Greening the Concept of State Crime

Heydon, James (2019) Greening the Concept of State Crime. State Crime, 8 (1). pp. 39-58. ISSN 2046-6056

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Green criminologists often deploy the notion of harm to capture patterns of environmental victimisation sitting outside the narrow and legalistic confines of environmental ‘crime’. In doing so, their analytical gaze is cast wide, resulting in a lack of focus on states and their specific obligations to protect citizens from such victimisation. The current article addresses this by using the dialectic conception of state crime to direct criminological attention towards these obligations. Using its constituent elements of human rights, deviance and legitimacy, the article examines the state duty to protect environmental human rights, the importance of involving opposition groups in research on deviant state activity, and the challenges faced by scholars attempting to evidence the illegitimacy of such practice. In doing so, literature from state crime and green criminological scholarship is synthesised, resulting in a concept of state environmental crime that is of utility to both fields.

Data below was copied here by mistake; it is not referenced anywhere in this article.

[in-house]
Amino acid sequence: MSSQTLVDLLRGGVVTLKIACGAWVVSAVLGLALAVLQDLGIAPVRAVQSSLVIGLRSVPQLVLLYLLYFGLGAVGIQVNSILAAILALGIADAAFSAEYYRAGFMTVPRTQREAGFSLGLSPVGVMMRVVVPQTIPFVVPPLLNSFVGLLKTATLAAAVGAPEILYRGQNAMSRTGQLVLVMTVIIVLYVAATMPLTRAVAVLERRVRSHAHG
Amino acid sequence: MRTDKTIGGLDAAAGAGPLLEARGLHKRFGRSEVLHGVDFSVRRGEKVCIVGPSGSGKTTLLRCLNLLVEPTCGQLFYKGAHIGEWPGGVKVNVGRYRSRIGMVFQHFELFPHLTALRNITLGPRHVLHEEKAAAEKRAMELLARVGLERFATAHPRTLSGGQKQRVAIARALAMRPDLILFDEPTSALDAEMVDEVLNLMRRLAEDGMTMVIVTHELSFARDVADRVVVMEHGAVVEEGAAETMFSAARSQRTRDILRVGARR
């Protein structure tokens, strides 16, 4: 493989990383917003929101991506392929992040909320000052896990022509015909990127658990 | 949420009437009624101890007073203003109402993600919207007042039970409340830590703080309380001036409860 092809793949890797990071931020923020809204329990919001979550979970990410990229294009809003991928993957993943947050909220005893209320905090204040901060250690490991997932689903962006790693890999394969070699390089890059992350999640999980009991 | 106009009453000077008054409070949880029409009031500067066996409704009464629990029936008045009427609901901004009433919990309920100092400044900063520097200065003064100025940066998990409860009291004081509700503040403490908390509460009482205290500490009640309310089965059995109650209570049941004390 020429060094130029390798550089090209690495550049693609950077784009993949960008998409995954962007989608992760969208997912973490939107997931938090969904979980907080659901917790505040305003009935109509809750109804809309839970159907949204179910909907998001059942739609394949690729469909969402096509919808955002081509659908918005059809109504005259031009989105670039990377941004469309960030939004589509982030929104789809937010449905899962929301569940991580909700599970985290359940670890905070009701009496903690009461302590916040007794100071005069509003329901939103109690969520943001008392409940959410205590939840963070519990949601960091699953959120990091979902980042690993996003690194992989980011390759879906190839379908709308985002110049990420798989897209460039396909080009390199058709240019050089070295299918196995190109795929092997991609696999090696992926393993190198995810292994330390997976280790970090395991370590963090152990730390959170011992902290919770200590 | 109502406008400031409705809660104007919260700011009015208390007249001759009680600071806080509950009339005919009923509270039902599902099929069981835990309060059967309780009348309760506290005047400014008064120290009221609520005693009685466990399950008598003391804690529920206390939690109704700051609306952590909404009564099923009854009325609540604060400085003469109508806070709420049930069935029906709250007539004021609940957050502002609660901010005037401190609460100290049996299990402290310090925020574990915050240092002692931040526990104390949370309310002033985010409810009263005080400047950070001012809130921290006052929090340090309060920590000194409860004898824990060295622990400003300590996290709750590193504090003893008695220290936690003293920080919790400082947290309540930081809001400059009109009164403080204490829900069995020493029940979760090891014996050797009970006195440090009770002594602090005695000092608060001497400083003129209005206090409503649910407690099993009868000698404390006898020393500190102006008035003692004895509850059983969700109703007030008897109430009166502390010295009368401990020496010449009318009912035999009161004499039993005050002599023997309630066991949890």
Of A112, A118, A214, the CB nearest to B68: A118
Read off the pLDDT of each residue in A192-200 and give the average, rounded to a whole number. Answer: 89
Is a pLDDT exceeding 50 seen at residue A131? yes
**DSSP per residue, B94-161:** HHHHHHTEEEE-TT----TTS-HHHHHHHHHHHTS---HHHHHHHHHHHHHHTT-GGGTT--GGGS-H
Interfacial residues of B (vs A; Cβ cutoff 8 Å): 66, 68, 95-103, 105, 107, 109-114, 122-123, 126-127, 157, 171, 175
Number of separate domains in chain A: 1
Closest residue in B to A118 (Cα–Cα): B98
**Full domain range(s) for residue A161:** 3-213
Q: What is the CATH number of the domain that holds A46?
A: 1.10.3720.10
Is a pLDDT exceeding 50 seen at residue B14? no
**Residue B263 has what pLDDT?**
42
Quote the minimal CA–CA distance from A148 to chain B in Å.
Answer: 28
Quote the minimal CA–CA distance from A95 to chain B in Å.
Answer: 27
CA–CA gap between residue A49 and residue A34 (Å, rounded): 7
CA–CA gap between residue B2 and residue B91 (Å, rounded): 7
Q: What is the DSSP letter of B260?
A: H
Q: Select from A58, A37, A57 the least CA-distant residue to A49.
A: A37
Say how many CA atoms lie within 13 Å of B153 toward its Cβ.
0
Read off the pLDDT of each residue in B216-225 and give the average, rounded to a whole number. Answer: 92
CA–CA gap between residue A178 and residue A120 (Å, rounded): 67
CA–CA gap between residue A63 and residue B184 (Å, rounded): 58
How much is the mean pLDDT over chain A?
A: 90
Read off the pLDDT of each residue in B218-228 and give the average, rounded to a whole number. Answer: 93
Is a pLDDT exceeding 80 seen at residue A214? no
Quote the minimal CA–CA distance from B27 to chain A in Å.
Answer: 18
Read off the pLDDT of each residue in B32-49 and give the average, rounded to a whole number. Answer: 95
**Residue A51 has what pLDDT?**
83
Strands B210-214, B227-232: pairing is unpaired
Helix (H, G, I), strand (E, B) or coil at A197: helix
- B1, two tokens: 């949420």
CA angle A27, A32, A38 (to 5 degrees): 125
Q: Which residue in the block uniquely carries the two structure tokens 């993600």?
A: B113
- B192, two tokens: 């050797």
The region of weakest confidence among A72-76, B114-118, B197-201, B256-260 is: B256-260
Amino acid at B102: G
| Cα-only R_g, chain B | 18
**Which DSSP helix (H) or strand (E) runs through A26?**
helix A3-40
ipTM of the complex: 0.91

Keywords:Deviance, environmental crime, green criminology, human rights, NGOs, state crime
Subjects:M Law > M100 Law by area
L Social studies > L217 Environmentalism
Divisions:College of Social Science > School of Social & Political Sciences
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ID Code:32481
Deposited On:16 Jul 2018 11:04

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